MC: Do you feel as though, even though you've recovered, the illness is always with you?


PdR: No, absolutely not, that's the thing I actually wanted to get across in the book. That you can suffer very, very deeply and be fully recovered and never ever think about diets or your body image or food ever again.


MC: What is your relationship with food like now?


PdR: I have a very, very healthy relationship with food in that I eat whatever I want, whenever I want. I never restrict quantities or types of food. Everything that I want I allow myself to eat. As a consequence, I eat a very kind of regular, normal diet and it's not perfect, it has a kind of smattering of junk food in there. It's because I allow myself to eat potato chips if I want potato chips and candy if I want candy. I never, ever, restrict food and I will never go on a diet ever again. Not for my wedding day, not for this publicity tour that I'm doing, there's nothing that will make me restrict calories. Even if I'm hormonal and I feel like I've got a couple pounds of water weight, I will never starve myself, I will never, ever go in a diet.


MC: That's such a powerful message.


PdR: Well, I mean, I know it sounds ridiculous, but dieting was the cause of my eating disorder. I was 12 years old when I went on my first diet and I got the high of losing a pound, I felt that sense of accomplishment when I lost weight and I felt devastation when I gained it back. That cycle began when I was 12 and it continued in varying degrees until I was 30 years old, until I figured out that dieting was actually a major cause of my lack of self-esteem and my lack of acceptance of myself and my body size and it made me very, very depressed. It made me feel out of control, it made me feel weak. I could never stick to a diet no matter how hard I tried, and when I tried really, really hard I got down to 82 lbs and my organs were almost shutting down. I mean what is a successful diet, really?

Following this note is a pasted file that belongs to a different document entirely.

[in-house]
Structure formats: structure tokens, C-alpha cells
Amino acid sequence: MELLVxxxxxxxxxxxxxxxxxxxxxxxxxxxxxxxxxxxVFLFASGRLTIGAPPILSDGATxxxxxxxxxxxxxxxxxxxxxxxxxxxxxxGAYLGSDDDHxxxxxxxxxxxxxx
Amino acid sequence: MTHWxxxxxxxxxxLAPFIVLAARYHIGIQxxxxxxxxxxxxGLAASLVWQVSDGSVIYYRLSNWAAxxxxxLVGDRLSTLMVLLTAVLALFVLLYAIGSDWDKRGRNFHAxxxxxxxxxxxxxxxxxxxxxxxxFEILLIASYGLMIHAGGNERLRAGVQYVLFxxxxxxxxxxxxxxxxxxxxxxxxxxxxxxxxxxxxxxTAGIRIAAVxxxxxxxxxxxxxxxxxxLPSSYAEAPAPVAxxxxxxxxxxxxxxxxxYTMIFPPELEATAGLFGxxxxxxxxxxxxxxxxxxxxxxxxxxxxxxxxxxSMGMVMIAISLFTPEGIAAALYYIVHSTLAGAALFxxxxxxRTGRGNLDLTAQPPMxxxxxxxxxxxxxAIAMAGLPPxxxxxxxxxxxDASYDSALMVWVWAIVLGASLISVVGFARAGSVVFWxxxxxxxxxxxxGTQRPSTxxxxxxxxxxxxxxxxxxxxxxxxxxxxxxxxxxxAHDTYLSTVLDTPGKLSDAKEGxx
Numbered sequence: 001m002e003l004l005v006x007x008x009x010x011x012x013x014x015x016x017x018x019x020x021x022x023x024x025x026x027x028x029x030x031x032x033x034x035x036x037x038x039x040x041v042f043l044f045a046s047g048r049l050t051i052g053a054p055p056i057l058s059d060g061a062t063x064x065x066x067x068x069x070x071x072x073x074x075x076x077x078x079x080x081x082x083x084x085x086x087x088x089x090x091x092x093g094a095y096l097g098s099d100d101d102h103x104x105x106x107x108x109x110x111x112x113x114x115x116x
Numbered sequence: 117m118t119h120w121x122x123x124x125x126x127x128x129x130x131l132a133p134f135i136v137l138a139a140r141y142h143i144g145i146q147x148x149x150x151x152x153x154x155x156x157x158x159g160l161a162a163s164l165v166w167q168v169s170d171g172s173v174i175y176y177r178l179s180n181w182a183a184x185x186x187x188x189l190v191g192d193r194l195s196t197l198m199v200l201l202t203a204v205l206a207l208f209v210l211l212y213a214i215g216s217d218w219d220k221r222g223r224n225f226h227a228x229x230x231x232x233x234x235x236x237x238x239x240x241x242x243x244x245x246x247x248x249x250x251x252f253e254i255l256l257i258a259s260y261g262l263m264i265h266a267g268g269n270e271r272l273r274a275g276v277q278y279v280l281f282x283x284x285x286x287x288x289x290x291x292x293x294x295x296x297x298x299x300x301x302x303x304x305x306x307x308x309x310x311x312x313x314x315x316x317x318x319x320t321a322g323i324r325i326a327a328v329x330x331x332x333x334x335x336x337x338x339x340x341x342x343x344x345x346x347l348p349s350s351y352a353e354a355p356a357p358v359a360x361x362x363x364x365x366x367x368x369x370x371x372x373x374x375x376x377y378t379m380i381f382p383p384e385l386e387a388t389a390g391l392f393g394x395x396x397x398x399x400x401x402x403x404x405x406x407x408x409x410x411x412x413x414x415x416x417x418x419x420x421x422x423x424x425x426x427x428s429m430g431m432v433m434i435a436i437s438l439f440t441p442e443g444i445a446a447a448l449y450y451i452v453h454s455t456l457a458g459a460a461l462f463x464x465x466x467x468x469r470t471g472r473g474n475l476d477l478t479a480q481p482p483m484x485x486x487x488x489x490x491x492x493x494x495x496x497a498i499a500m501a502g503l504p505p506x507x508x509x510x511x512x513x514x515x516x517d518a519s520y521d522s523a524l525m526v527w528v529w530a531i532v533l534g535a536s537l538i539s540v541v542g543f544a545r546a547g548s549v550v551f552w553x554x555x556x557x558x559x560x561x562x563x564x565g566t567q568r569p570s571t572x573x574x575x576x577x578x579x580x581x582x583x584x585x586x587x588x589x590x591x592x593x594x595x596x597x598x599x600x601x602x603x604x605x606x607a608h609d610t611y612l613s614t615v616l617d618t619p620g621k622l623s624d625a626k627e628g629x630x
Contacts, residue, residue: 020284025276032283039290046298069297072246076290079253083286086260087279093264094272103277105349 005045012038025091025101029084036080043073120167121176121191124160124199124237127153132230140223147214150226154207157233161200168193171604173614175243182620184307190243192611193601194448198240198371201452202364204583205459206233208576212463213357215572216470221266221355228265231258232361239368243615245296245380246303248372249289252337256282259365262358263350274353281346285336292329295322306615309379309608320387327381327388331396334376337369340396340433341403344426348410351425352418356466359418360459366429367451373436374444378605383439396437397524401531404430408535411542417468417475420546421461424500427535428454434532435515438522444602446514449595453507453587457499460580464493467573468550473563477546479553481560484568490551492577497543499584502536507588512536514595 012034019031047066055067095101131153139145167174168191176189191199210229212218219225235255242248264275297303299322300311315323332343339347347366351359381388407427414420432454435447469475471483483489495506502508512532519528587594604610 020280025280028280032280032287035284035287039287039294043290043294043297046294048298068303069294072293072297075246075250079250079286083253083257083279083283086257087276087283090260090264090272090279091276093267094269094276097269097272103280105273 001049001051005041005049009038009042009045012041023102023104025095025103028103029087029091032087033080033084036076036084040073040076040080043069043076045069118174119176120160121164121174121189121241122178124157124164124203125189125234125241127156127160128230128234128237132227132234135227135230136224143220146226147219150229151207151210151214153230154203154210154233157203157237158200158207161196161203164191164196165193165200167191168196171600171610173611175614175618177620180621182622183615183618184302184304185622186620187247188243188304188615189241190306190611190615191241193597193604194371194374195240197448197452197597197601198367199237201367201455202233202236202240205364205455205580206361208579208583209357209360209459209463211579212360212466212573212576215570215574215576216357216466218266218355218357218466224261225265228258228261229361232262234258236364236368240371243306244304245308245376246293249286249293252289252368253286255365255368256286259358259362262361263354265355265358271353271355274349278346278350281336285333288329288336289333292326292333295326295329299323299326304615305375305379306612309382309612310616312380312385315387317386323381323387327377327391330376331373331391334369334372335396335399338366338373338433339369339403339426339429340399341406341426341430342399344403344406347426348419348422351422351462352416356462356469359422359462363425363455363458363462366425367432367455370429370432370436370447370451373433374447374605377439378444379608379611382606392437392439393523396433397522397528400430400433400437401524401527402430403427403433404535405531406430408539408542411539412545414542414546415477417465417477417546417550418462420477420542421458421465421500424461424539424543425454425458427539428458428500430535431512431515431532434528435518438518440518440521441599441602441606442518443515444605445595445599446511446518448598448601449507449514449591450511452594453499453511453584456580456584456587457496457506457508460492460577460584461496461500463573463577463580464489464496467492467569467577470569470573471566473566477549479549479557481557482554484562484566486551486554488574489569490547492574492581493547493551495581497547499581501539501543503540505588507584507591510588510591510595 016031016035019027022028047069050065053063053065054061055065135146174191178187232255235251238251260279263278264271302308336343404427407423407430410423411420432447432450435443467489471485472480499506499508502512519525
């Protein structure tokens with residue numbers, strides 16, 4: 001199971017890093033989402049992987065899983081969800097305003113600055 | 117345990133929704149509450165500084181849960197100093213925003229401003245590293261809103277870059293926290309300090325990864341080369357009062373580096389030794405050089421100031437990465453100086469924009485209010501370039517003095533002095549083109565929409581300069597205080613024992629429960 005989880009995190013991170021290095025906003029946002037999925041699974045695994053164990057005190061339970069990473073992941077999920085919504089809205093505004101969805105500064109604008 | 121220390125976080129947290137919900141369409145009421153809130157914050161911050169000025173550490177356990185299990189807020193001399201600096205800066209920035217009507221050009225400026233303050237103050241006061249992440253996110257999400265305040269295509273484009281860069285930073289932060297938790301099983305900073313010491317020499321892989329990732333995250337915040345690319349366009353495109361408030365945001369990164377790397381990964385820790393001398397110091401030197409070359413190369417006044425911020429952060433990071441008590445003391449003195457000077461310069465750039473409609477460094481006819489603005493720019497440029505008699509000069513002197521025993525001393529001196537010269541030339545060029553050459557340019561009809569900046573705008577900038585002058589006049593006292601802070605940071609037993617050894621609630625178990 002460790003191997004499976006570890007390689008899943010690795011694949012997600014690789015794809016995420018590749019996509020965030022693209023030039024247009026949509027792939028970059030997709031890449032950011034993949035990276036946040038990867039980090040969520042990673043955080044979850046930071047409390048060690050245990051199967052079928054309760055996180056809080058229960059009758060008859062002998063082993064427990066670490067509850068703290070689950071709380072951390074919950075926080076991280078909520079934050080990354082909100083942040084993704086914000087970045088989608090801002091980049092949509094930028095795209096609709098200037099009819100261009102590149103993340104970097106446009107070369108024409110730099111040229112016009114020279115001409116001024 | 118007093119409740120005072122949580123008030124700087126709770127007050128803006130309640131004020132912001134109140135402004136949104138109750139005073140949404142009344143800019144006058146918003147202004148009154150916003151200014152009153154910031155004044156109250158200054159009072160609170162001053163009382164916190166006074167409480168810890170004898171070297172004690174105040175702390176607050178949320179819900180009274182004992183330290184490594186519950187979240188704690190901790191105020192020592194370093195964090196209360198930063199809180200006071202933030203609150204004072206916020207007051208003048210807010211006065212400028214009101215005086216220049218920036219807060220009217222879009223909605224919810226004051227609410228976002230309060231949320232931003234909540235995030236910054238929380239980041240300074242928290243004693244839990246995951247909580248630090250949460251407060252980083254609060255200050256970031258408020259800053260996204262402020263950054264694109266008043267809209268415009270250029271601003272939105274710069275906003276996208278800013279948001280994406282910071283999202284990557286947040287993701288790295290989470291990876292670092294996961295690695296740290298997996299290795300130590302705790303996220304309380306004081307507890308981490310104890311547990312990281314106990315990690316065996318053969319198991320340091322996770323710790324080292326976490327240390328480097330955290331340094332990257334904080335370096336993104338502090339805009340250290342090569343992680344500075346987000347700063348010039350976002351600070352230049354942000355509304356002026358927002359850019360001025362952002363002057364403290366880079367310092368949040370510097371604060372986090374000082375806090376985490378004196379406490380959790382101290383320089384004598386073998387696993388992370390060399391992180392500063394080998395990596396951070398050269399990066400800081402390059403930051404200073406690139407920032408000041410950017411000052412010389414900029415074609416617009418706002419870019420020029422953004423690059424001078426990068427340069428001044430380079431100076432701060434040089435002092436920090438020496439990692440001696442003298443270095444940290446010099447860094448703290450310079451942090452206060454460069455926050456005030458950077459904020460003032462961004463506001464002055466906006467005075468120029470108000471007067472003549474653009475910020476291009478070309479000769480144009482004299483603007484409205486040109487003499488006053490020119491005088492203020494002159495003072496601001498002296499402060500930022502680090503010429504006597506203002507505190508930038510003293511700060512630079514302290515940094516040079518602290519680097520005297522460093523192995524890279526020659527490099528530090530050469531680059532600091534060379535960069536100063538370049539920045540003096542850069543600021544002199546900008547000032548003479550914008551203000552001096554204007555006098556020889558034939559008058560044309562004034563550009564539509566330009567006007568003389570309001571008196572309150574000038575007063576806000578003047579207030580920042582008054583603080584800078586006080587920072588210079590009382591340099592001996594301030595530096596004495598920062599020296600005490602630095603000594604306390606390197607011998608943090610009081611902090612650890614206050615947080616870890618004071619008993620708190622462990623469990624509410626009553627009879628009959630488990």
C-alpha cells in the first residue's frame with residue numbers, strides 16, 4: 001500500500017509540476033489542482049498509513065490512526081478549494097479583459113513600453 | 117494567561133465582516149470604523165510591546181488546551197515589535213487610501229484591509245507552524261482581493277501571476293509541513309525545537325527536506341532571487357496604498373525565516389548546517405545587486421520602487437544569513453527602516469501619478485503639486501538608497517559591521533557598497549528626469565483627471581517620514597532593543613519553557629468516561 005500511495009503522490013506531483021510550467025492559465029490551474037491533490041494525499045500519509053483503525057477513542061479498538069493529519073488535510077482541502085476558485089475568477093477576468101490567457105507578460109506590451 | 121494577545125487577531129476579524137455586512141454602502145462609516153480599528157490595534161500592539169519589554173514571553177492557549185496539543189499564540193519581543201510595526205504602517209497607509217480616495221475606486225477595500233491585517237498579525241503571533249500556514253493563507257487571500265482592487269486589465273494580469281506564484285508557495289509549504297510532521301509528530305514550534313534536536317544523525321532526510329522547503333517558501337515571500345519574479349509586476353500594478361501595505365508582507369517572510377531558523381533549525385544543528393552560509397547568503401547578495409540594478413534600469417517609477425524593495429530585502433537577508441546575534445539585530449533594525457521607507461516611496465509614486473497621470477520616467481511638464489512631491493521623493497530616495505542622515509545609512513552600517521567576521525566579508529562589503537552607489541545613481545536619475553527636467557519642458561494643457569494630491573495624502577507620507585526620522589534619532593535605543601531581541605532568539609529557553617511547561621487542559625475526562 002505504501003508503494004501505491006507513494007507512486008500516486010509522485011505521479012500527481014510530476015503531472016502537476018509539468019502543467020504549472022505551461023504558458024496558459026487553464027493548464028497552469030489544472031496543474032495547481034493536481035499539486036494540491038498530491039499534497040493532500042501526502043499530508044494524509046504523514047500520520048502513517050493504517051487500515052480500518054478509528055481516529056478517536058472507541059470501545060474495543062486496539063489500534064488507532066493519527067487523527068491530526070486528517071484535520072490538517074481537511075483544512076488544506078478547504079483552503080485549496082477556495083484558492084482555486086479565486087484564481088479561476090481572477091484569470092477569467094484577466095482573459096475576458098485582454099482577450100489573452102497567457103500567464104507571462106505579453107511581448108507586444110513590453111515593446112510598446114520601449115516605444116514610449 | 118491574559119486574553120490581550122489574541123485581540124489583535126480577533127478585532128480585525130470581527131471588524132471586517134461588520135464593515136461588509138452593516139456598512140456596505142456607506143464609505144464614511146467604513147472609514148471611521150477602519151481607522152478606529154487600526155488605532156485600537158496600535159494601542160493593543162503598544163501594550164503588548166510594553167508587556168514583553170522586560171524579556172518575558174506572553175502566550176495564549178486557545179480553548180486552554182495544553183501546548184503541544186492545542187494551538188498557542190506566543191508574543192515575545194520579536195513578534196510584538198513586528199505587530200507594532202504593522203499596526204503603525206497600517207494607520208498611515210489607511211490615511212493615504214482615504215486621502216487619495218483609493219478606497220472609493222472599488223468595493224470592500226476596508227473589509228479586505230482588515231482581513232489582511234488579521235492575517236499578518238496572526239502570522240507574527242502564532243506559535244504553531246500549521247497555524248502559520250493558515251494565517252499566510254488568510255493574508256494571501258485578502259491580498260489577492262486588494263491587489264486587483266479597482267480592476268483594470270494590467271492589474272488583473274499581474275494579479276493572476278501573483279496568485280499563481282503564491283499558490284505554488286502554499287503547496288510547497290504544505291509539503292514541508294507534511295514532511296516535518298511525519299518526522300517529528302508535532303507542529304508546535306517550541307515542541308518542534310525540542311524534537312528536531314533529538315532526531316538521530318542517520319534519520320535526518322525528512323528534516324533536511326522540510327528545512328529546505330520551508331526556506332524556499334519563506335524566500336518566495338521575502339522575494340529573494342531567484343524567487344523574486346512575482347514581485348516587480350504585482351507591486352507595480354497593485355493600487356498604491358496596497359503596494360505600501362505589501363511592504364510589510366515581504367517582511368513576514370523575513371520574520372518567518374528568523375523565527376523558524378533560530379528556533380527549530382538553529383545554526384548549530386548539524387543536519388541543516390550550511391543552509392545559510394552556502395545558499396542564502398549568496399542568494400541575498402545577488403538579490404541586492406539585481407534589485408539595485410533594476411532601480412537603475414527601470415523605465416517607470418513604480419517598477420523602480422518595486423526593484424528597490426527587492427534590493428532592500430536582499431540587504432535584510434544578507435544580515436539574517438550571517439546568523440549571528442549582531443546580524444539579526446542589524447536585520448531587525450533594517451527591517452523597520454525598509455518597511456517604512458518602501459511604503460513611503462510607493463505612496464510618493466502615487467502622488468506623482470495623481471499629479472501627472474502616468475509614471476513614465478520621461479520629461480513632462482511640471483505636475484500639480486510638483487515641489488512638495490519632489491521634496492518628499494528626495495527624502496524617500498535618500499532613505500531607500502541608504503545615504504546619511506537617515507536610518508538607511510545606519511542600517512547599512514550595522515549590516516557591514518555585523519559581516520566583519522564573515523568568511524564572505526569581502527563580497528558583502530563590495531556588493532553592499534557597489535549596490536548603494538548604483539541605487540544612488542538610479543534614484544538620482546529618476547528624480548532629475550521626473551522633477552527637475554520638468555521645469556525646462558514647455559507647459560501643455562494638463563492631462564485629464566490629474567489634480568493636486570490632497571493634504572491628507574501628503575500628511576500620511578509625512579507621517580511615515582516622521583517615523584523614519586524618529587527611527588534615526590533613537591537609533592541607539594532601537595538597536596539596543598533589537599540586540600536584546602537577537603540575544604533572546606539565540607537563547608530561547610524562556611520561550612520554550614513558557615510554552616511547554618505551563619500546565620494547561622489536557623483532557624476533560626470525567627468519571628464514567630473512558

MC: When you were 82 lbs or even when you were 100 lbs, were you hungry all the time?


PdR: I don't remember if I was hungry all the time. I'm sure I was hungry some of the time, or even most of the time, but I do think that after a while I didn't even recognize that I was hungry. I felt very empty and I felt very anxious. It was worse than hunger. I felt like my brain wasn't functioning.


MC: Did you have headaches all the time?


PdR: I don't remember headaches, but then I was smoking like crazy as well.


MC: Do you still smoke?


PdR: No, I don't. I felt very bad all the time, and you know it's funny, I've been speaking to women who have eating disorders, and anorexia in particular, and we all have a kind of similar story as far as our brain's not working very well, and getting into car accidents. What I didn't really write in the book was that I had minor car accidents constantly.


MC: Why?